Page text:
The last story is called, “What’s Love Got to do With it?”. Sadly, not about Tina Turner, but an over the top look at the notion of a woman’s biological clock. We start off with a woman having a meal with her mom where her mom throws her an actual wrist watch style biological clock and tells her daughter she has two weeks to figure out this whole not having a mate thing. Damn, talk about pressure. In this reality, if you are not with someone, your parents have to pay a tax and her dad just can’t manage it. This single gal just can’t seem to catch a break so she calls her sister to gripe and pretty much gets nowhere with her. Her sister tells her, when it comes to finding a mate, “what’s the worst that could happen?” Oh boy, we are about to find out. Cut to dinner with a guy that her mom set her up with who is hung up on his ex and forgets his wallet to pay. She then switches to online dating while her biological clock watch tells her that she ate a lot of carbs and should do a salad next time Hold on tight for this. Perverts. All the perverts and insults that you could even imagine being thrown her way. She tries an app, and gets just dicks pics. Dick pics at work, dick pics at the grocery store. All. The. Damn. Time. All while her evil fitbit, biological clock thingy chirps on her wrist about how to please her man. Her co-worker tells her to just go do the ‘smart thing’ and go to a bar to meet someone. She does, for a brief time. seems to be going good until she comes back from the restroom finding the guy she was talking to tounge deep in another lady’s mouth. Panic sets into our lady and she has to do something desperate. She has to give birth to a perfect baby for another couple. Perfect meaning a not too ethnic looking baby. She does and is able to get out of the “Old Maid’ tax. Damn, that hit a bit too close to home, as an old maid myself.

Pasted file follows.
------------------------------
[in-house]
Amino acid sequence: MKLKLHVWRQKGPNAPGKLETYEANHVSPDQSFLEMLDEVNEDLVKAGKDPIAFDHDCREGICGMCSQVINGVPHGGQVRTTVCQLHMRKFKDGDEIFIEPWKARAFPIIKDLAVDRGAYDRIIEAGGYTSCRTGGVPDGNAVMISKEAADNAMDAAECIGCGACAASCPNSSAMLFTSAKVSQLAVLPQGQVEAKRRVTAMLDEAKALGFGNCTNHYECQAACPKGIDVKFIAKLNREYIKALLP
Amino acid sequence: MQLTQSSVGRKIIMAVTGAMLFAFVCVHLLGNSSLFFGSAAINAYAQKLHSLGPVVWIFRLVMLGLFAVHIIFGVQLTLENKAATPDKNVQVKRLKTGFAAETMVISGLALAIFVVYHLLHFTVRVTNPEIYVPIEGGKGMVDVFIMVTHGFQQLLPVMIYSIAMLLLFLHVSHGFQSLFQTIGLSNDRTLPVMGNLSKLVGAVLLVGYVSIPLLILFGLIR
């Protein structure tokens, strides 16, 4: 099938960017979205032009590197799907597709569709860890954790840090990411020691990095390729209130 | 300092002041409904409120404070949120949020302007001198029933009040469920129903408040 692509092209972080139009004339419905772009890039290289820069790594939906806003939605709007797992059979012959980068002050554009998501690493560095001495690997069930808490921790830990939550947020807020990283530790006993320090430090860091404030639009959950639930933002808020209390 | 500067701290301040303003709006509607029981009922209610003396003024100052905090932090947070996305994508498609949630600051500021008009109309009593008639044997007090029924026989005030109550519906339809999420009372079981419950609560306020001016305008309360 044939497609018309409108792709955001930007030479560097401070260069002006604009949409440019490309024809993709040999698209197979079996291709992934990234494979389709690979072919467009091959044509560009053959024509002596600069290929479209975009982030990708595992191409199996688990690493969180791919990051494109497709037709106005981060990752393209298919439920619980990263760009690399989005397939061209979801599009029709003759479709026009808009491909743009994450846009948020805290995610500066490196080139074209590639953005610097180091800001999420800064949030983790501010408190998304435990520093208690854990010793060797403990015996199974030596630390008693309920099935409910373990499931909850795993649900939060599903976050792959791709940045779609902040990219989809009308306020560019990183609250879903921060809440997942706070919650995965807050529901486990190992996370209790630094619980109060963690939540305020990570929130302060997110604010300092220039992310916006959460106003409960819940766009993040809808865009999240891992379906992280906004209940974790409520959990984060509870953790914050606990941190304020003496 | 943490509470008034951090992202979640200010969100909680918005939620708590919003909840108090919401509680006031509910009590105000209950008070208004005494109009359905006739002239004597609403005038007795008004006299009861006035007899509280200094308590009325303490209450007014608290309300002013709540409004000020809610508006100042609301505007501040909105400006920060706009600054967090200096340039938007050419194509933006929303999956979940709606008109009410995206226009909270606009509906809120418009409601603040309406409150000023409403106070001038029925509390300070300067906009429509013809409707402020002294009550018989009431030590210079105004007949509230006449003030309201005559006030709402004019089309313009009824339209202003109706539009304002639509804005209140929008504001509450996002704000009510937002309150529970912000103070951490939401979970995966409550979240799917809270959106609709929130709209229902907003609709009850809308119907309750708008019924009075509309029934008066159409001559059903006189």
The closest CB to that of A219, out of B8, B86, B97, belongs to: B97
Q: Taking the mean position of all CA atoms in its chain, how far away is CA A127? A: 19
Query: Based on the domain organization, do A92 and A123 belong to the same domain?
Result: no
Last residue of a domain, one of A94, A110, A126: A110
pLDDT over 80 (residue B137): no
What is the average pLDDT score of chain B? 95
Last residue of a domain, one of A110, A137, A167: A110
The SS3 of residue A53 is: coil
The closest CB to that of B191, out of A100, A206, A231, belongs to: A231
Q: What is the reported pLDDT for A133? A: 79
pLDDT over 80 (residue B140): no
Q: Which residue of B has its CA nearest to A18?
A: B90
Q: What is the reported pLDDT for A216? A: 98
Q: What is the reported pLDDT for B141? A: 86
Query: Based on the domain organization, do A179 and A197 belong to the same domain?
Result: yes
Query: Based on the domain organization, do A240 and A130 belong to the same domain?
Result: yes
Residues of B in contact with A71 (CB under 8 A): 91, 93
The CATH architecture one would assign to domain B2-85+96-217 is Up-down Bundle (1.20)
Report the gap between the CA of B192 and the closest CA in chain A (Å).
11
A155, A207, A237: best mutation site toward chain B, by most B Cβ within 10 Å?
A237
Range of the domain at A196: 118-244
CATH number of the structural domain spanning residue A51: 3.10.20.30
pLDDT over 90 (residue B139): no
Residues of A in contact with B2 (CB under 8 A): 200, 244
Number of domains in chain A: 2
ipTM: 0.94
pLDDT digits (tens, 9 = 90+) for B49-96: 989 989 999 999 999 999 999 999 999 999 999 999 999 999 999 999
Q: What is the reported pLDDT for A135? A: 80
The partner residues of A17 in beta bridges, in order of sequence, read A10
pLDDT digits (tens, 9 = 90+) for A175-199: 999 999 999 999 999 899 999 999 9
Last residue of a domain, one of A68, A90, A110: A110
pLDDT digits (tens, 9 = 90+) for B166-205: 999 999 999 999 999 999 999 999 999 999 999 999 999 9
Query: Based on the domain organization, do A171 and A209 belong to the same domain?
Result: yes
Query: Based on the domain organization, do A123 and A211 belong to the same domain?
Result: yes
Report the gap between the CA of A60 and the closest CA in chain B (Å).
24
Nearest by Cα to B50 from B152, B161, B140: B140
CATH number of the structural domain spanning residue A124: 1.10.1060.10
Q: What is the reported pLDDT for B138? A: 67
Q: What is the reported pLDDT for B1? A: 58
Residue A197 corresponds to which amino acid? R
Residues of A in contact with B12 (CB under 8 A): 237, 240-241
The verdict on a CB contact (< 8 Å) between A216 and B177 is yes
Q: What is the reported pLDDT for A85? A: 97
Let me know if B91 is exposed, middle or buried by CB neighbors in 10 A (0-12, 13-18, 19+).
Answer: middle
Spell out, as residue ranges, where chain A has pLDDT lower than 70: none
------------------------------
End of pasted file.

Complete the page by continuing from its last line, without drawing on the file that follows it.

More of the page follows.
Bitch Planet really took me for a ride. I am a single lady who has chosen a life of singledom and this comic book really hit close to home. I am a feminist and reading a good portion of these stories hit me right in the heart. I really liked it, and would read it again, but it did depress me a bit. It gave me a bleak outlook of women’s rights issues on the features. While reading the stories, it became very apparent that these scenarios are not too far off. Yeah, they might aba a little over the top, but still could be a reality. After reading the stories, it was nice to see a little bit more to the book in the form of the reader “Bitches Be Like…” after the features. There are interviews and feminist stories along with a pretty cringe worthy game of real life bingo that you could play. All in all, it was a great read and I absolutely love the social commentary of this book.